1. Shark Sanctuary
There are over 130 different species of shark in Palau, and diving with them is an increasingly popular attraction. Many conservationists are hoping that other countries will be inspired by Palau's decision. Head to the aptly named dive site Shark City and the Big Drop Off for a chance to scuba alongside them.
2. The first western visitors
In 1783, Henry Wilson, an English naval captain of the British East India Company, was shipwrecked on along Island with his crew. They lived there for several months and were treated kindly by the Palauan's who traded their bananas and food for the sailors' cigarettes and whisky. They formed a strong friendship and worked together to rebuild the shipwrecked boat. When they returned to England, an alliance was formed and Britain became Palau's main trading partner.
3. Beautiful WWII stronghold
Originally built by the Germans, the 100-year old lighthouse was taken and improved by Japanese engineers who put cannons and anti-aircraft guns around the site. Nowadays, it is a popular spot for its spectacular views and the tropical birds who nest by the lighthouse.
1. Fruit Bat Soup
Fruit bat soup is a Palau delicacy made with small fruit bats who reside in forested areas at the top of trees. They consume nectar, flowers, and wild fruits, helping with the distribution of seeds during the process. The bats' diet of flowers and fruits also results in their meat being sweeter than the meat of other bats.
Tama is a Palauan specialty made with eggs, milk, flour, sugar, baking powder, and salt. The batter is typically flavored with vanilla, then fried in hot oil until it browns. This tasty fritter usually has a spherical shape and is characterized by a sweet flavor, a soft and spongy interior, and a crunchy, crispy layer on the outside.
Ulkoy are deep-fried Palauan shrimp and squash fritters with a crunchy texture. In Palau, they are a national favorite along with being a delicious treat for the tourists. These fritters are usually additionally flavored with a zesty Creole seasoning, salt, cayenne pepper, and freshly chopped parsley leaves.
Koror City (KAW-rawr) is the largest city and its commercial center in Palau, home to about half of the country's population, located on Oreor Island. During the interwar period it served as the capital of the South Seas Mandate, a group of islands that made up the League of Nations mandated territory held by the Empire of Japan. It was subsequently the capital of Palau until it was replaced by Ngerulmud in 2006.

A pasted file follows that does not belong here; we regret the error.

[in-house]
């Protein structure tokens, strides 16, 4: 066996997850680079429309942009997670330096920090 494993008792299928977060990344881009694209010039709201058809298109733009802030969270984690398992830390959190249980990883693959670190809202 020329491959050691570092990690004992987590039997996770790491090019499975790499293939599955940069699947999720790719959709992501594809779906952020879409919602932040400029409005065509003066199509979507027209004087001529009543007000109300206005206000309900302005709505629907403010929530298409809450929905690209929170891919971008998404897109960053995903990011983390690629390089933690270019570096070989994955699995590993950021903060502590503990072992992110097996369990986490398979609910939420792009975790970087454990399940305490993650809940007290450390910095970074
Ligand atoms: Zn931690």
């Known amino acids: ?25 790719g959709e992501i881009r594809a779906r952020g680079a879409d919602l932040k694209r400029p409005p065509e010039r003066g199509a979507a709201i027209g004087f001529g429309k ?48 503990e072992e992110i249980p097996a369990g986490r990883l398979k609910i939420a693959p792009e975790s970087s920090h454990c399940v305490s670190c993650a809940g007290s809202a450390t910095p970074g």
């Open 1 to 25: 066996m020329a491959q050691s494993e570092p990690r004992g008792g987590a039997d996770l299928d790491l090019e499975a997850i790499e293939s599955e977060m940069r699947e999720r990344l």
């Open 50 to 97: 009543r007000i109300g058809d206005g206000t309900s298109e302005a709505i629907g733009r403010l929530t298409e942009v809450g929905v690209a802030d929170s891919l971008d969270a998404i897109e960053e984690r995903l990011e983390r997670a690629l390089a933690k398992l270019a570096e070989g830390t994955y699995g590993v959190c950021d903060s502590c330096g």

Ngerulmud is a city and the capital of Palau. It replaced Koror City, Palau's largest city, as capital in 2006. The settlement is located in the state of Melekeok on Babeldaob, the country's largest island, located 20 kilometers (12 miles) northeast of Koror City and 2 km (1 mile) northwest of Melekeok City. It is the least-populous capital city in the world.
Airai, located on the southern coast of Babeldaob island, is the second-most populous state of Palau. It contains the country's chief airport, Roman Tmetuchl International Airport, and is connected by the Koror–Babeldaob Bridge to nearby Koror Island.
Peleliu is an island in the island nation of Palau. Peleliu, along with two small islands to its northeast, forms one of the sixteen states of Palau. The island is notable as the location of the Battle of Peleliu in World War II.
Ngaraard is the eighth state of the Republic of Palau, and was originally named Kerradel. Ngaraard is situated near the northern end of Babeldaob island where the land thins to a narrow neck before expanding at the border with Ngerchelong.